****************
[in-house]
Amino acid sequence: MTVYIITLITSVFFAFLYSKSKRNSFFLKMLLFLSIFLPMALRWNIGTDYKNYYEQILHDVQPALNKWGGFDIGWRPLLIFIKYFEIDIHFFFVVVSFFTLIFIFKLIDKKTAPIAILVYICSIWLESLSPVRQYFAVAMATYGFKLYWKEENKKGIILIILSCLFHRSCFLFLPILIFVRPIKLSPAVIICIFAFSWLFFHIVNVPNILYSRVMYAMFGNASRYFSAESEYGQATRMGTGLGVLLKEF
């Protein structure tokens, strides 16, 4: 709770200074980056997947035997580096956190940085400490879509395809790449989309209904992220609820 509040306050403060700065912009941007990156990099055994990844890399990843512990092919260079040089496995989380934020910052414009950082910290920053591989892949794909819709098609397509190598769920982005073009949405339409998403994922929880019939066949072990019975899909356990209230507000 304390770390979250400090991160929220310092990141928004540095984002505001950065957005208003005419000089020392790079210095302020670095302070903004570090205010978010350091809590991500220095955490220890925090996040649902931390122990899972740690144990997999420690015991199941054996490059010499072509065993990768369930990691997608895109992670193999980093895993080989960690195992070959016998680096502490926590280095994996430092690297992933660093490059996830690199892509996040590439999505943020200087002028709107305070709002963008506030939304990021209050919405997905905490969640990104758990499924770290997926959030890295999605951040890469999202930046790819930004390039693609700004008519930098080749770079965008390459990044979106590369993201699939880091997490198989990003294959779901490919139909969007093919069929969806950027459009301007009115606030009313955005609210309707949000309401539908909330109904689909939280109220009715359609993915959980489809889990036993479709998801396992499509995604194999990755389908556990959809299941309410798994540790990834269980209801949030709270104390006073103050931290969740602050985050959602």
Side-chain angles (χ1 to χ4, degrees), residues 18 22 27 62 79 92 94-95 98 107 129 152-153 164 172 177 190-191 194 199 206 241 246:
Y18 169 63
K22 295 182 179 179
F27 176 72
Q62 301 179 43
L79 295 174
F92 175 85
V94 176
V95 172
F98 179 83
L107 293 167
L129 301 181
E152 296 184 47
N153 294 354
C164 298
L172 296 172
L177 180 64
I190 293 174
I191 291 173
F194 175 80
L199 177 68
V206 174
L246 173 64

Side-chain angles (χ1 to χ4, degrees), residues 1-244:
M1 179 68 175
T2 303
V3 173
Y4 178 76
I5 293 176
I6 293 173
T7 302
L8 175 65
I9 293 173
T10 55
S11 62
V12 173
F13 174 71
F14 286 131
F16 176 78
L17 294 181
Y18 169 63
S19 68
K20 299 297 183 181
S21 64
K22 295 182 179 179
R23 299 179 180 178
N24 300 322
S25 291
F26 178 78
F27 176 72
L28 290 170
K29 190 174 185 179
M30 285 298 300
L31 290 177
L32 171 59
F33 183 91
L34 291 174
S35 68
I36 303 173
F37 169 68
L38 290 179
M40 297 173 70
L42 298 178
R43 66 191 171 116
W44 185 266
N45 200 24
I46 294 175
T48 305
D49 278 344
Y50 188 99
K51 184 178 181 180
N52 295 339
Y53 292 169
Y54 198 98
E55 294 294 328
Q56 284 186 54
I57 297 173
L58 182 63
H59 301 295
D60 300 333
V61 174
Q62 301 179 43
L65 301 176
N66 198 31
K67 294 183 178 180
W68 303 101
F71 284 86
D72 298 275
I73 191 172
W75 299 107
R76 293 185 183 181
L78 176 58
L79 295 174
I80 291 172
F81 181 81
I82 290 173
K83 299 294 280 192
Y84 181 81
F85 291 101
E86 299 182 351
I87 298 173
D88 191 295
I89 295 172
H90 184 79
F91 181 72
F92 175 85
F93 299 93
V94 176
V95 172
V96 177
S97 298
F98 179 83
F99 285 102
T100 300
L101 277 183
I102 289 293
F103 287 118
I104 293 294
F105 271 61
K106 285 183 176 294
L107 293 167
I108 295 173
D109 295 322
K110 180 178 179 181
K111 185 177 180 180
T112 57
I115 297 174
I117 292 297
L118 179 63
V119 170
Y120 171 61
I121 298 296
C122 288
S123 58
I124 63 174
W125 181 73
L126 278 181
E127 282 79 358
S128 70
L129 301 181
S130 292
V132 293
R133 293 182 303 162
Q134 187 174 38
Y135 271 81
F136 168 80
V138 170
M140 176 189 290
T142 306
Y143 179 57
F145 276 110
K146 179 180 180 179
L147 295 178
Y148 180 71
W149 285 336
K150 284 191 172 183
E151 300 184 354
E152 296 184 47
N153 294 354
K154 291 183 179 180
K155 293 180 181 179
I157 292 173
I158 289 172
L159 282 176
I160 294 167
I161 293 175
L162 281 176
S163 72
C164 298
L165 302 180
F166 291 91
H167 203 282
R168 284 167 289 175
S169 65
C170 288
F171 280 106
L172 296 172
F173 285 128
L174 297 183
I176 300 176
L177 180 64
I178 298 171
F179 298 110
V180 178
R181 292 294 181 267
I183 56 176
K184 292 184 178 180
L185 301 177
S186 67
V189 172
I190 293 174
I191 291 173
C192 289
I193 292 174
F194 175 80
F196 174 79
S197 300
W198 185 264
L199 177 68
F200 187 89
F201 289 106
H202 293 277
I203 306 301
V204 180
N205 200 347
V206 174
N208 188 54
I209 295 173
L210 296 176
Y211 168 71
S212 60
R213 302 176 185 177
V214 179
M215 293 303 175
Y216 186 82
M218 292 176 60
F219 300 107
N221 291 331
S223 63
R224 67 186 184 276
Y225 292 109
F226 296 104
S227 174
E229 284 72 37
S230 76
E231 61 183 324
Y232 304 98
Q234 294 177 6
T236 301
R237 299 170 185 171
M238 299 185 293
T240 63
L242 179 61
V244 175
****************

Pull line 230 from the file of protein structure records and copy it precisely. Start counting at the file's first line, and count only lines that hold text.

Y232 304 98